Maersk expresses optimism for 2010
Singapore - 2009 was the worst year for both the shipping industry and Maersk Line since World War II, Maersk said.
For the first time in a 100 year history, the AP Moller Maersk Group suffered its worst ever quarterly loss in Q1, posting a half yearly loss, as depleted consumer demand resulted in significant overcapacity in the container shipping industry.
"Many shipping companies have postponed existing orders for new vessels, idled existing vessels and increased their scrapping programme all in an effort to take cost out and match capacity better to the prevailing demand," said Jesper Praestensgaard CEO of Maersk Line Asia Pacific.
This trend is expected to continue into 2010, and Maersk expects the current tight capacity situation to continue. In turn, it would help them increase rates further.
Praestensgaard was quoted in The Business Times Singapore as saying: "We believe there is a positive momentum for growth, due to a pick up in demand and efforts to curb capacity increases. But it will be a modest growth rate compared with an industry yearly average of 10% in the past 30 years. It will be a while more before traditional consumer markets like the US and Europe return to their former strength, and this contributes to the modest growth rates we must expect in the near future in container volumes."
Group CEO Nils Andersen also expressed cautious hope for the New Year when asked what kind of timeframe he saw for a recovery. "We are not optimistic about the earnings potential for container shipping in the short to mid-term," he said, noting that restoration of balance between supply and demand could take years.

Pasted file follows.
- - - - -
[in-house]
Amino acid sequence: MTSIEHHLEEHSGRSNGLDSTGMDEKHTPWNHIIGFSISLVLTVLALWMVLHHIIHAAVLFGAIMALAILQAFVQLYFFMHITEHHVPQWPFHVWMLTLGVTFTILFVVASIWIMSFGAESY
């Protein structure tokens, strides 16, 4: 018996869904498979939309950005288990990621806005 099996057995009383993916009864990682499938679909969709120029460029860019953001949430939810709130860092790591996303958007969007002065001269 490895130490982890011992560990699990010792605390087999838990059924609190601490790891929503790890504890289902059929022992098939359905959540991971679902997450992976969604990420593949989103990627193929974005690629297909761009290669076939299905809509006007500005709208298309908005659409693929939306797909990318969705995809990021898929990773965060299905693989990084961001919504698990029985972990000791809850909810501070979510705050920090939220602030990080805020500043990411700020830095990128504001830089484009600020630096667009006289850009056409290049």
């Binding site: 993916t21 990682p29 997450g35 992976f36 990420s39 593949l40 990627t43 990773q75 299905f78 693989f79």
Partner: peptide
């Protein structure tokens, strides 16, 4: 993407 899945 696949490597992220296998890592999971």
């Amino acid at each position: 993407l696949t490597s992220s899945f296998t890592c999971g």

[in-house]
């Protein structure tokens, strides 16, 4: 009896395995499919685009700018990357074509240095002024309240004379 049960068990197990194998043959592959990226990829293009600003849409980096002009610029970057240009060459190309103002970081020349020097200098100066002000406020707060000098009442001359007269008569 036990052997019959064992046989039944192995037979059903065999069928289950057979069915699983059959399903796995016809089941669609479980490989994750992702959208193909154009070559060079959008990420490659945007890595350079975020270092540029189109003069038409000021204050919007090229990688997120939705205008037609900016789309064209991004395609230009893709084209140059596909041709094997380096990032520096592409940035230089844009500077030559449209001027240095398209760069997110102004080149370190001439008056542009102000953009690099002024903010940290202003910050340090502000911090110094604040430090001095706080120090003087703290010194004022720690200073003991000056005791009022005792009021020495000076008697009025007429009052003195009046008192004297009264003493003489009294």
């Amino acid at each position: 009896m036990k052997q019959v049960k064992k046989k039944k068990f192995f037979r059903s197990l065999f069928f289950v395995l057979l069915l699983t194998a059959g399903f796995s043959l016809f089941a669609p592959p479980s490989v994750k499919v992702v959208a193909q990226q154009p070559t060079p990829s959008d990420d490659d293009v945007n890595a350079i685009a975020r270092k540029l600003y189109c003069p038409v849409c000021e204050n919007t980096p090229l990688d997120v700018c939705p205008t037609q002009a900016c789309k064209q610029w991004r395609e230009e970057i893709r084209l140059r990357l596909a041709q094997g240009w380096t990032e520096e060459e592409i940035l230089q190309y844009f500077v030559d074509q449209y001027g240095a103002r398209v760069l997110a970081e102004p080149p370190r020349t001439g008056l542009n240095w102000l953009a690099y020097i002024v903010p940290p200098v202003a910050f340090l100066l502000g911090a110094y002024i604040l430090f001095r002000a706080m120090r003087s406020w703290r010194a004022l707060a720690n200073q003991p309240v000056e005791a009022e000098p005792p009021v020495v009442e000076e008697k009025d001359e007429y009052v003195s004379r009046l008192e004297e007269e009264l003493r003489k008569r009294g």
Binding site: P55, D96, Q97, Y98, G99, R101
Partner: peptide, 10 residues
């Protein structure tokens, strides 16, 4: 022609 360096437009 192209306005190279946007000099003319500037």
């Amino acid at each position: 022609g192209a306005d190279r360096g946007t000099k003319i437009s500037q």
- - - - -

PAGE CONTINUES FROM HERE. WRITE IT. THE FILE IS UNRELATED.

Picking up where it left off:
Still, the company hoped the tide would start to turn in 2010, beginning with growth in the US.
Mr. Anderson said Maersk remained committed to container shipping, and is determined to stay at number one in quality, and hopefully profitability as well. But the company would not "do illogical things" to defend its number one position. What mattered most was the group's excellent reputation and ability to offer quality services at competitive prices.
He also noted how the shopping industry could benefit from further consolidation, and that a long recession would likely force some box lines out of business. While he doubted that consolidation would come easily or quickly, he mentioned that if the failure of competitors presented an opportunity for the group to expand at the right price, then "yes, maybe we could look at that".
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